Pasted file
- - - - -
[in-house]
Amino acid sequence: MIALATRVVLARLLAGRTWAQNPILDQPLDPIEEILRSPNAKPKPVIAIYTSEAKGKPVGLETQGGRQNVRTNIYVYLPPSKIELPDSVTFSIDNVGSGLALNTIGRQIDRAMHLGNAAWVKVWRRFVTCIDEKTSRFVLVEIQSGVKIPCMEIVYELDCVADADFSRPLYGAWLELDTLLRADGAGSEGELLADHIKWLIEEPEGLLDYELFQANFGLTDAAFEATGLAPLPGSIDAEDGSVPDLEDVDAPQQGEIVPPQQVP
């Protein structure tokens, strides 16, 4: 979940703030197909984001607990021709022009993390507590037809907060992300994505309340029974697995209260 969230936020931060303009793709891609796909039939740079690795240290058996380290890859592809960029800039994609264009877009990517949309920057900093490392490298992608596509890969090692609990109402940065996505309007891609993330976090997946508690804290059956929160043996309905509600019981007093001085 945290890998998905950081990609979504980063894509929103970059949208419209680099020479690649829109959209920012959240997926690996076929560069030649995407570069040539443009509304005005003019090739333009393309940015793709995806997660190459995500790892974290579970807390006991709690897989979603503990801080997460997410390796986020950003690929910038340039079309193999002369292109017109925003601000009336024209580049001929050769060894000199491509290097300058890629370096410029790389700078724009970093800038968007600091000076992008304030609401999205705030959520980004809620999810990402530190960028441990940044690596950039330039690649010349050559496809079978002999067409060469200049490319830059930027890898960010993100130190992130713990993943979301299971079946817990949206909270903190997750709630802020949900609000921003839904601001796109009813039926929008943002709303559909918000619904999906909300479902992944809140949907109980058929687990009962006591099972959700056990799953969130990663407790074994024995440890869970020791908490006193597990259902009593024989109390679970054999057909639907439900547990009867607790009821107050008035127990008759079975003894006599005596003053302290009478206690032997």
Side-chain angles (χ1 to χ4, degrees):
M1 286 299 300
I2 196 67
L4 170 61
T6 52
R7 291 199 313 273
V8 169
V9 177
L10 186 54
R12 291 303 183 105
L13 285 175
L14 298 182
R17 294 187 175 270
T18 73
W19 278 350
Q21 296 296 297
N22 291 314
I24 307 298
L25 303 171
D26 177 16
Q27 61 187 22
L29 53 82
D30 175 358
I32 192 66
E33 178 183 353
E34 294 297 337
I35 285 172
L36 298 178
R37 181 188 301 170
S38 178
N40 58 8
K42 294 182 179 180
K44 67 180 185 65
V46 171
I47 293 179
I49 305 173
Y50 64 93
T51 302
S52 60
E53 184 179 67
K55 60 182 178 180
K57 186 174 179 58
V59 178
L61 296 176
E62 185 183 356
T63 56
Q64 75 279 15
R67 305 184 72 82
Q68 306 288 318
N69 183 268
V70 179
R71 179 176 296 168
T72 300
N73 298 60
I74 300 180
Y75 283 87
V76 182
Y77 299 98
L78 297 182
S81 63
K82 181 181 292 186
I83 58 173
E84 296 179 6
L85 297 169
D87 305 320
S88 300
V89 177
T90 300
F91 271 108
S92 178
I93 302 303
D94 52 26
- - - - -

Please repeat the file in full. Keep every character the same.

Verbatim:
[in-house]
Amino acid sequence: MIALATRVVLARLLAGRTWAQNPILDQPLDPIEEILRSPNAKPKPVIAIYTSEAKGKPVGLETQGGRQNVRTNIYVYLPPSKIELPDSVTFSIDNVGSGLALNTIGRQIDRAMHLGNAAWVKVWRRFVTCIDEKTSRFVLVEIQSGVKIPCMEIVYELDCVADADFSRPLYGAWLELDTLLRADGAGSEGELLADHIKWLIEEPEGLLDYELFQANFGLTDAAFEATGLAPLPGSIDAEDGSVPDLEDVDAPQQGEIVPPQQVP
């Protein structure tokens, strides 16, 4: 979940703030197909984001607990021709022009993390507590037809907060992300994505309340029974697995209260 969230936020931060303009793709891609796909039939740079690795240290058996380290890859592809960029800039994609264009877009990517949309920057900093490392490298992608596509890969090692609990109402940065996505309007891609993330976090997946508690804290059956929160043996309905509600019981007093001085 945290890998998905950081990609979504980063894509929103970059949208419209680099020479690649829109959209920012959240997926690996076929560069030649995407570069040539443009509304005005003019090739333009393309940015793709995806997660190459995500790892974290579970807390006991709690897989979603503990801080997460997410390796986020950003690929910038340039079309193999002369292109017109925003601000009336024209580049001929050769060894000199491509290097300058890629370096410029790389700078724009970093800038968007600091000076992008304030609401999205705030959520980004809620999810990402530190960028441990940044690596950039330039690649010349050559496809079978002999067409060469200049490319830059930027890898960010993100130190992130713990993943979301299971079946817990949206909270903190997750709630802020949900609000921003839904601001796109009813039926929008943002709303559909918000619904999906909300479902992944809140949907109980058929687990009962006591099972959700056990799953969130990663407790074994024995440890869970020791908490006193597990259902009593024989109390679970054999057909639907439900547990009867607790009821107050008035127990008759079975003894006599005596003053302290009478206690032997």
Side-chain angles (χ1 to χ4, degrees):
M1 286 299 300
I2 196 67
L4 170 61
T6 52
R7 291 199 313 273
V8 169
V9 177
L10 186 54
R12 291 303 183 105
L13 285 175
L14 298 182
R17 294 187 175 270
T18 73
W19 278 350
Q21 296 296 297
N22 291 314
I24 307 298
L25 303 171
D26 177 16
Q27 61 187 22
L29 53 82
D30 175 358
I32 192 66
E33 178 183 353
E34 294 297 337
I35 285 172
L36 298 178
R37 181 188 301 170
S38 178
N40 58 8
K42 294 182 179 180
K44 67 180 185 65
V46 171
I47 293 179
I49 305 173
Y50 64 93
T51 302
S52 60
E53 184 179 67
K55 60 182 178 180
K57 186 174 179 58
V59 178
L61 296 176
E62 185 183 356
T63 56
Q64 75 279 15
R67 305 184 72 82
Q68 306 288 318
N69 183 268
V70 179
R71 179 176 296 168
T72 300
N73 298 60
I74 300 180
Y75 283 87
V76 182
Y77 299 98
L78 297 182
S81 63
K82 181 181 292 186
I83 58 173
E84 296 179 6
L85 297 169
D87 305 320
S88 300
V89 177
T90 300
F91 271 108
S92 178
I93 302 303
D94 52 26